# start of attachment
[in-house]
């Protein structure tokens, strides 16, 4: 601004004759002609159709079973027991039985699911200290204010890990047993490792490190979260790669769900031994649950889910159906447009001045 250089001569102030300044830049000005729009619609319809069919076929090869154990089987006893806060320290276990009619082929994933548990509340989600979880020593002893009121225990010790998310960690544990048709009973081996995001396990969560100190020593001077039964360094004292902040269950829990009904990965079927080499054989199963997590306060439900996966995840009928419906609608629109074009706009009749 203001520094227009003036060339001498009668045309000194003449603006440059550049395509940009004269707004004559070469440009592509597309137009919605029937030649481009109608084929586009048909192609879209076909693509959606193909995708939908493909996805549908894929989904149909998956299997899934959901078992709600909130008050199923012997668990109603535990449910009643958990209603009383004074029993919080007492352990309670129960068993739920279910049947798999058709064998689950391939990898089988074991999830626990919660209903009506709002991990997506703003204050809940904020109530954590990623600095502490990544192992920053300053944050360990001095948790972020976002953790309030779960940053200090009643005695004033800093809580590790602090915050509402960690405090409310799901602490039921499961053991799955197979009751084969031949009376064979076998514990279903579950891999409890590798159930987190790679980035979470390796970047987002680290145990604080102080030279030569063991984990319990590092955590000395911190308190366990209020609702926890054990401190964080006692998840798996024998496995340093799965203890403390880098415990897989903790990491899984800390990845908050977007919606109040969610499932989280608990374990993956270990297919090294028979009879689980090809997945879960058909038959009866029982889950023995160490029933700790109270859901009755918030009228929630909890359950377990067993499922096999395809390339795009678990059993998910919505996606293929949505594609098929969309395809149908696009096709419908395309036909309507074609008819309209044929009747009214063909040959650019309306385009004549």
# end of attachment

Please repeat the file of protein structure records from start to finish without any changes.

[in-house]
């Protein structure tokens, strides 16, 4: 601004004759002609159709079973027991039985699911200290204010890990047993490792490190979260790669769900031994649950889910159906447009001045 250089001569102030300044830049000005729009619609319809069919076929090869154990089987006893806060320290276990009619082929994933548990509340989600979880020593002893009121225990010790998310960690544990048709009973081996995001396990969560100190020593001077039964360094004292902040269950829990009904990965079927080499054989199963997590306060439900996966995840009928419906609608629109074009706009009749 203001520094227009003036060339001498009668045309000194003449603006440059550049395509940009004269707004004559070469440009592509597309137009919605029937030649481009109608084929586009048909192609879209076909693509959606193909995708939908493909996805549908894929989904149909998956299997899934959901078992709600909130008050199923012997668990109603535990449910009643958990209603009383004074029993919080007492352990309670129960068993739920279910049947798999058709064998689950391939990898089988074991999830626990919660209903009506709002991990997506703003204050809940904020109530954590990623600095502490990544192992920053300053944050360990001095948790972020976002953790309030779960940053200090009643005695004033800093809580590790602090915050509402960690405090409310799901602490039921499961053991799955197979009751084969031949009376064979076998514990279903579950891999409890590798159930987190790679980035979470390796970047987002680290145990604080102080030279030569063991984990319990590092955590000395911190308190366990209020609702926890054990401190964080006692998840798996024998496995340093799965203890403390880098415990897989903790990491899984800390990845908050977007919606109040969610499932989280608990374990993956270990297919090294028979009879689980090809997945879960058909038959009866029982889950023995160490029933700790109270859901009755918030009228929630909890359950377990067993499922096999395809390339795009678990059993998910919505996606293929949505594609098929969309395809149908696009096709419908395309036909309507074609008819309209044929009747009214063909040959650019309306385009004549």